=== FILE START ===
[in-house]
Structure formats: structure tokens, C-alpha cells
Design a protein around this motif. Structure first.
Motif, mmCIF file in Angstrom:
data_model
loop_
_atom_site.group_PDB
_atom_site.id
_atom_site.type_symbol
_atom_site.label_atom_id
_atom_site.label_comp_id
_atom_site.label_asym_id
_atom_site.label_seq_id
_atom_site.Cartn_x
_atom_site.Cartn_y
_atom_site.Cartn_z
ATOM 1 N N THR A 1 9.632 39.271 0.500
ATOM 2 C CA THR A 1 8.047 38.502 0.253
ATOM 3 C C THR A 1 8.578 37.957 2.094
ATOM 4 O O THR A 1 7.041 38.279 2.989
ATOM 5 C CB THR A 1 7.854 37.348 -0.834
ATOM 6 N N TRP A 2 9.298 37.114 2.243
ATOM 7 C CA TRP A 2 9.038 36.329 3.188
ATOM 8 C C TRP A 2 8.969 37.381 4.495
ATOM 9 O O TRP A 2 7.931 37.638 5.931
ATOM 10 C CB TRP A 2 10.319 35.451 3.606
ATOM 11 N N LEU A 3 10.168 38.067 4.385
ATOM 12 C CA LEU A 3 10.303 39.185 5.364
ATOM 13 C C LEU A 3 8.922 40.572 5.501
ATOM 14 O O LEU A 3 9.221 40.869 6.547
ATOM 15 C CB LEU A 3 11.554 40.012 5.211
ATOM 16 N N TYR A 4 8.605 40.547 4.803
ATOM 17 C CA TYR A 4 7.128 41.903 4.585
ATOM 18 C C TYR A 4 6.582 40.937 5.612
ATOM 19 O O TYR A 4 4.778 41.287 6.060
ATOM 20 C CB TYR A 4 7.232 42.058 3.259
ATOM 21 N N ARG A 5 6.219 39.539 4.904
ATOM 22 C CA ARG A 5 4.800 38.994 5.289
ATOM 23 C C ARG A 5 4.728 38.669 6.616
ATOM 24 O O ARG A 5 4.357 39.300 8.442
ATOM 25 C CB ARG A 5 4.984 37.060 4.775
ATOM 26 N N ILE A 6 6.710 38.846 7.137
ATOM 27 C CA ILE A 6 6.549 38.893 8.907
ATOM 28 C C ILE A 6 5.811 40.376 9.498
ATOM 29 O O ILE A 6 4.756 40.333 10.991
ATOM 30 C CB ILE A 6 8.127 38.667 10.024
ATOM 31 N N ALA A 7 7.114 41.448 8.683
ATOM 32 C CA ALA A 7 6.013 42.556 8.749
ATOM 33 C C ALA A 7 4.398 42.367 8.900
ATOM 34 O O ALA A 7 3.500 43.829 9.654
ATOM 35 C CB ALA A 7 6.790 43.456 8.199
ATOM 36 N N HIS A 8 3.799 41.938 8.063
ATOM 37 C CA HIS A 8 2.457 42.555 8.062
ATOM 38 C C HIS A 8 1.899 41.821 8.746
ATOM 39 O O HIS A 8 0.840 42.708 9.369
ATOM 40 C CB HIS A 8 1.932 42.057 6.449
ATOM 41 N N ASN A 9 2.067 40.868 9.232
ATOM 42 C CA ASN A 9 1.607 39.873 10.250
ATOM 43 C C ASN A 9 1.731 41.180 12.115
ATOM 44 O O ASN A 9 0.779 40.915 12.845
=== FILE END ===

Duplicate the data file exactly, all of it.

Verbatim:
[in-house]
Structure formats: structure tokens, C-alpha cells
Design a protein around this motif. Structure first.
Motif, mmCIF file in Angstrom:
data_model
loop_
_atom_site.group_PDB
_atom_site.id
_atom_site.type_symbol
_atom_site.label_atom_id
_atom_site.label_comp_id
_atom_site.label_asym_id
_atom_site.label_seq_id
_atom_site.Cartn_x
_atom_site.Cartn_y
_atom_site.Cartn_z
ATOM 1 N N THR A 1 9.632 39.271 0.500
ATOM 2 C CA THR A 1 8.047 38.502 0.253
ATOM 3 C C THR A 1 8.578 37.957 2.094
ATOM 4 O O THR A 1 7.041 38.279 2.989
ATOM 5 C CB THR A 1 7.854 37.348 -0.834
ATOM 6 N N TRP A 2 9.298 37.114 2.243
ATOM 7 C CA TRP A 2 9.038 36.329 3.188
ATOM 8 C C TRP A 2 8.969 37.381 4.495
ATOM 9 O O TRP A 2 7.931 37.638 5.931
ATOM 10 C CB TRP A 2 10.319 35.451 3.606
ATOM 11 N N LEU A 3 10.168 38.067 4.385
ATOM 12 C CA LEU A 3 10.303 39.185 5.364
ATOM 13 C C LEU A 3 8.922 40.572 5.501
ATOM 14 O O LEU A 3 9.221 40.869 6.547
ATOM 15 C CB LEU A 3 11.554 40.012 5.211
ATOM 16 N N TYR A 4 8.605 40.547 4.803
ATOM 17 C CA TYR A 4 7.128 41.903 4.585
ATOM 18 C C TYR A 4 6.582 40.937 5.612
ATOM 19 O O TYR A 4 4.778 41.287 6.060
ATOM 20 C CB TYR A 4 7.232 42.058 3.259
ATOM 21 N N ARG A 5 6.219 39.539 4.904
ATOM 22 C CA ARG A 5 4.800 38.994 5.289
ATOM 23 C C ARG A 5 4.728 38.669 6.616
ATOM 24 O O ARG A 5 4.357 39.300 8.442
ATOM 25 C CB ARG A 5 4.984 37.060 4.775
ATOM 26 N N ILE A 6 6.710 38.846 7.137
ATOM 27 C CA ILE A 6 6.549 38.893 8.907
ATOM 28 C C ILE A 6 5.811 40.376 9.498
ATOM 29 O O ILE A 6 4.756 40.333 10.991
ATOM 30 C CB ILE A 6 8.127 38.667 10.024
ATOM 31 N N ALA A 7 7.114 41.448 8.683
ATOM 32 C CA ALA A 7 6.013 42.556 8.749
ATOM 33 C C ALA A 7 4.398 42.367 8.900
ATOM 34 O O ALA A 7 3.500 43.829 9.654
ATOM 35 C CB ALA A 7 6.790 43.456 8.199
ATOM 36 N N HIS A 8 3.799 41.938 8.063
ATOM 37 C CA HIS A 8 2.457 42.555 8.062
ATOM 38 C C HIS A 8 1.899 41.821 8.746
ATOM 39 O O HIS A 8 0.840 42.708 9.369
ATOM 40 C CB HIS A 8 1.932 42.057 6.449
ATOM 41 N N ASN A 9 2.067 40.868 9.232
ATOM 42 C CA ASN A 9 1.607 39.873 10.250
ATOM 43 C C ASN A 9 1.731 41.180 12.115
ATOM 44 O O ASN A 9 0.779 40.915 12.845